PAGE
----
- It sets the scene for effective communications throughout the project.
- Both sides understand the expectations and there is little room for misunderstanding.
Plus once you create a detailed brief once, you have the framework in place for future project briefs, so they will take less time to create.
So what are the ingredients of a good brief?
Let’s look at two different aspects:
- Information specific to the current project
- General information that can be used across all project briefs
1. Information Specific To The Current Project
Purpose of the Brief
Detail the purpose and desired outcome of the project. Be as specific as possible.
So rather than brief by saying “create an invitation for our upcoming event”, clearly outline the purpose and objectives. For example,
We are holding an event to launch our new business to our target market of women in business who feel overwhelmed by their to-do lists. We require an eye-catching, enticing invitation that will capture their interest and drive them to take action and book their seat via the website booking page.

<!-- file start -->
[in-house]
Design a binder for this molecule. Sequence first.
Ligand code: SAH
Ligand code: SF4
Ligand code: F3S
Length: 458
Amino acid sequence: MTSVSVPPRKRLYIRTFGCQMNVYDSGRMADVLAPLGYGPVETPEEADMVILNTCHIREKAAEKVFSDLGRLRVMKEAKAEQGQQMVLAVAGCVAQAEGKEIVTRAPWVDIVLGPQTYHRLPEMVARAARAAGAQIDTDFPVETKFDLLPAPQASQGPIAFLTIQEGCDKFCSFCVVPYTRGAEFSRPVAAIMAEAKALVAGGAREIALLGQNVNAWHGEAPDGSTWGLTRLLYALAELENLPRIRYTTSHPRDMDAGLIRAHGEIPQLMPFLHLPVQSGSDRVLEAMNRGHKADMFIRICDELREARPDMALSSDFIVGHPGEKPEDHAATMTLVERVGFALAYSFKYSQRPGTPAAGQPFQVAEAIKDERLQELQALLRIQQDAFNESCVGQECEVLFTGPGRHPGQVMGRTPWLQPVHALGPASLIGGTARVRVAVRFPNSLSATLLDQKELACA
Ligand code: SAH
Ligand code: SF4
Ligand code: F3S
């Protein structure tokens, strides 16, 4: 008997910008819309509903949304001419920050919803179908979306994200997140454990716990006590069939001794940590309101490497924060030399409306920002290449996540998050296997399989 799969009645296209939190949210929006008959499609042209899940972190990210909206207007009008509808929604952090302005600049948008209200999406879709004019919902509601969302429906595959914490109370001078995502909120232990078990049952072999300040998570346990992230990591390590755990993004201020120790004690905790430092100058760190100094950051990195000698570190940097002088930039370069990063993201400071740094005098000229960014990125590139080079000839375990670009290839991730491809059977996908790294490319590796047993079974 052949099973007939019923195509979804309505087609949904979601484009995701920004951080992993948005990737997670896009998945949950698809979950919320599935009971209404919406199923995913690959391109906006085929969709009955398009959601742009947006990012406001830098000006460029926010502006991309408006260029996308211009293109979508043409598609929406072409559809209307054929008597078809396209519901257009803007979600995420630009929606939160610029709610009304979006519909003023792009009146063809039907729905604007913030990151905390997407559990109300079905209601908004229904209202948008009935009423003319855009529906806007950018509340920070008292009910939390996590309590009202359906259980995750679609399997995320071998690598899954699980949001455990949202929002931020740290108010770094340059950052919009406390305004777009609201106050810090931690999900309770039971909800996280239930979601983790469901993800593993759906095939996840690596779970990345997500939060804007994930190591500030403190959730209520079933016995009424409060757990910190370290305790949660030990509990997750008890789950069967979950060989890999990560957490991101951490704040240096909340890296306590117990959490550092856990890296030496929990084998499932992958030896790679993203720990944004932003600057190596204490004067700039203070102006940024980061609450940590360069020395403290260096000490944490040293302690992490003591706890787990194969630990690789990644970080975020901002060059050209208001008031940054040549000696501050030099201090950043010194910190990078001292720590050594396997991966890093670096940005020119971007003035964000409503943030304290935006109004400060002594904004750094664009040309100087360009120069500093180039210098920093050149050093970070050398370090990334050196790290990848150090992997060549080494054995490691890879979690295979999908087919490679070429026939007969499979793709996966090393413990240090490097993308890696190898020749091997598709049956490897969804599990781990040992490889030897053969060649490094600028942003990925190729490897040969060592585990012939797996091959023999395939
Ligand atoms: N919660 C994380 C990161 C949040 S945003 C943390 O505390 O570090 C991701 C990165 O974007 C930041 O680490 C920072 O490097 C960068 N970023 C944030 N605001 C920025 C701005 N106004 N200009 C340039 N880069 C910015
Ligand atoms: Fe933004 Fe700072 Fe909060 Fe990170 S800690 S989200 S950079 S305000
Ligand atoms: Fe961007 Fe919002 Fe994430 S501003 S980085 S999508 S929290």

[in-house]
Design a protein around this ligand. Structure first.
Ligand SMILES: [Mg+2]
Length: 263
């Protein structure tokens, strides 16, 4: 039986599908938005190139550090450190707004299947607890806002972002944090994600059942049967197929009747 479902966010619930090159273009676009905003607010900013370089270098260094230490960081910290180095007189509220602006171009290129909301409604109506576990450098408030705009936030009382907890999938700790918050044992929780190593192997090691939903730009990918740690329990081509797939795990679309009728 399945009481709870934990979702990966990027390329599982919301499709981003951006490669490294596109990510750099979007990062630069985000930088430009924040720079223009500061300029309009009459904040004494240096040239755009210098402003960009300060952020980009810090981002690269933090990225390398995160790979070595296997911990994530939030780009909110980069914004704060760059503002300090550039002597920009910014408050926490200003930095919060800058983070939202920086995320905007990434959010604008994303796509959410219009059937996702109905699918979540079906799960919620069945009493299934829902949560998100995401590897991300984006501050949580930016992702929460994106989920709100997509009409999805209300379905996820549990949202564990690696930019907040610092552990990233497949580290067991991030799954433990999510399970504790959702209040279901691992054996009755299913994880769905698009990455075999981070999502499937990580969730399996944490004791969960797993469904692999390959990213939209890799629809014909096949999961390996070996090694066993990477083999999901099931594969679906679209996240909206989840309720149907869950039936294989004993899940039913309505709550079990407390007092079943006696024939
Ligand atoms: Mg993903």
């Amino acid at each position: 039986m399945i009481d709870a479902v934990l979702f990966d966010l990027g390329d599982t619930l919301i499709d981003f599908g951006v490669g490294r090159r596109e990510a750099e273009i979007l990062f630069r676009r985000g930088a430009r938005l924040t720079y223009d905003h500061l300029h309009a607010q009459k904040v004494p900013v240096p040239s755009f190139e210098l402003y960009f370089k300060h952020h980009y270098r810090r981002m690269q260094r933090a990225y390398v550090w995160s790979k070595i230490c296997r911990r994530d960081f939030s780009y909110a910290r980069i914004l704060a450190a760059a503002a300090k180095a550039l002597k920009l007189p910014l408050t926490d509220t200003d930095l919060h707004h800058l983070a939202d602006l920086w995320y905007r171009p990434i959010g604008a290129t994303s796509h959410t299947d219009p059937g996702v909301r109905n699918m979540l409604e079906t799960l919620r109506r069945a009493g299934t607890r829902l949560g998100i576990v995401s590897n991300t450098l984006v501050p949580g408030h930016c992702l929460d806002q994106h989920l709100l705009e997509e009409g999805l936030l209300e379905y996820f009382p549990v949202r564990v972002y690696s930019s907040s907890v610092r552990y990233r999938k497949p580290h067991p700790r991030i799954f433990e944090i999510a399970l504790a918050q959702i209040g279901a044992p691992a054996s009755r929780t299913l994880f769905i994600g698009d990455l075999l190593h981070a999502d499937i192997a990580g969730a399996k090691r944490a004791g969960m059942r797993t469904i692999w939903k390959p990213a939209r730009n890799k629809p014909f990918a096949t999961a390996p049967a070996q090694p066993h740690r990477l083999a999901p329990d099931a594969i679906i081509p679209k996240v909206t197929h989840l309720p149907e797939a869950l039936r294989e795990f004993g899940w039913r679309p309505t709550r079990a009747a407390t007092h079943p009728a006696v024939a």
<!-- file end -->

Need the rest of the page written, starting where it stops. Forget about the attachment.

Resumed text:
Outline clear, measurable objectives for the project. For example,
- We need an inspiring, appealing invitation that will drive attendance and ticket sales (maximum 100 tickets).
- The invitation should support our branding and drive awareness of our social media profiles and website.
Be as specific as possible. Explain the need behind the project – eg not just “we need a new website” but rather the business outcomes you are trying to achieve by developing a new website. It might seem like too much information, but the more background and context a service provider has, the better chance they have of delivering to your expectations.